Q5: What is the most annoying response to the Dutch defense?

"What??? I refuse to spill all of my beans! 

No doubt, the main lines of the Dutch where White plays d4, c4 and develops normally are objectively preferred. However, Black is usually well versed in the pawn structures and maneuvers that commonly arise. On the other hand, the anti-Dutch, notably the aggressive Staunton Gambit (2. e4) and the flexible 2. Nc3 with 3. Bg5 system, offer sufficient strategic opportunities for a creative White player to stir up trouble. At times, playing the Dutch as Black seems akin to fiddling with matches - you might accidentally burn yourself!"

Q6: As a great chess mentor, how do you inspire your students to pursue chess passionately and work diligently to achieve their goals?
"The foremost responsibility of any teacher is to cultivate an appreciation, indeed a passion, for the subject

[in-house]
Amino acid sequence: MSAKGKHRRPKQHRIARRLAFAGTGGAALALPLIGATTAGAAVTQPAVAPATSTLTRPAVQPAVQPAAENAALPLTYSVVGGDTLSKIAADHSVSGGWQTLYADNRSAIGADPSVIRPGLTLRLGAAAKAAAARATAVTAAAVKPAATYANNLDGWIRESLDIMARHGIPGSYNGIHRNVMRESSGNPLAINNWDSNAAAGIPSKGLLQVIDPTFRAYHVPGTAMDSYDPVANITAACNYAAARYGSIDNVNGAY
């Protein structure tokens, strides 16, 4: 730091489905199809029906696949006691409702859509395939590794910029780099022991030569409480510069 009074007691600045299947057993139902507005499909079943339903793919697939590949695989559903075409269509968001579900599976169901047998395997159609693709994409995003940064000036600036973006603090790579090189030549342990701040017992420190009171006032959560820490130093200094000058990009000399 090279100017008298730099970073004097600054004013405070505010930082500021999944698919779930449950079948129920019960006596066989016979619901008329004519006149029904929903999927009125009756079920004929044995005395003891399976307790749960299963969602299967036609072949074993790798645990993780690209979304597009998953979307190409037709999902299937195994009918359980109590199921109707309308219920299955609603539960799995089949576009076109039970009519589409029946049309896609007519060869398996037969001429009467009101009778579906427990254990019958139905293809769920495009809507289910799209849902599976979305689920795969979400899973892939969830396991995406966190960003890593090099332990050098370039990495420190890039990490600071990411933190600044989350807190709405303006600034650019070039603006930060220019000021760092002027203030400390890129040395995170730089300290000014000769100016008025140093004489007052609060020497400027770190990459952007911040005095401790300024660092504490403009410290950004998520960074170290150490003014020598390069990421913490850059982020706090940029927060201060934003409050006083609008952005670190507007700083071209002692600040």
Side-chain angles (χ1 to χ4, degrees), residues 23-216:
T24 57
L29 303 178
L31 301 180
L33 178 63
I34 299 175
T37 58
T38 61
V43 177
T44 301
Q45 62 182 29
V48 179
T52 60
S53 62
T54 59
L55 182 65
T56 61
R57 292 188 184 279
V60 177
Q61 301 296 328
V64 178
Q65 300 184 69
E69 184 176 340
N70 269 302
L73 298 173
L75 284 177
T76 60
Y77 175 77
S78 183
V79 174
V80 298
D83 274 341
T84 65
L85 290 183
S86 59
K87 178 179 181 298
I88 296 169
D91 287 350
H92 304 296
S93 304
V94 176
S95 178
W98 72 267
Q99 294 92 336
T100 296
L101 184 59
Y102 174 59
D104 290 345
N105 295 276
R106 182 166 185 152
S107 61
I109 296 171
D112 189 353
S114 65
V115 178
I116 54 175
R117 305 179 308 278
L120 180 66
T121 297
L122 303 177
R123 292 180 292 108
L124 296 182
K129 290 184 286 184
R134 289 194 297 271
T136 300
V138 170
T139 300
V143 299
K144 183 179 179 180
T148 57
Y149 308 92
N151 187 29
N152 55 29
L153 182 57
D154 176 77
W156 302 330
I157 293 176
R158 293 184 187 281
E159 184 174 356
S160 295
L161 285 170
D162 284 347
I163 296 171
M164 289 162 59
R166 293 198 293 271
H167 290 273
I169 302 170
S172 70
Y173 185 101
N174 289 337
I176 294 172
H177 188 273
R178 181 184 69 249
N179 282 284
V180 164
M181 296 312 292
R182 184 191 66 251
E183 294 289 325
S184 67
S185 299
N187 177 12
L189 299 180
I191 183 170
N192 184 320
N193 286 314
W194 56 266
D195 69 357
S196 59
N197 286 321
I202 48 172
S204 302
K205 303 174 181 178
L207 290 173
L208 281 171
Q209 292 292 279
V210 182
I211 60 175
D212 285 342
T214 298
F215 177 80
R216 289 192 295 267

matter. If the student does not enjoy chess, then he or she will not improve quickly.
My job is to unlock the mysteries of the chessboard for my students in a fun way. At times, I become the
professor, illustrating the games of masters past and present. Other times, I morph into the drill sergeant,
bombarding pupils with tactical puzzles and calculation exercises. Perhaps my most important role is the
sports psychologist, offering unlimited encouragement even in the face of defeat.
Advanced students have already bought into the doctrine of Caissa. To progress further, they should take
personal initiative to study independently. One assignment I gave was to prepare to battle my favorite
openings, including (ahem!) the Dutch. I still have bruises from blitz sessions against my star protégés."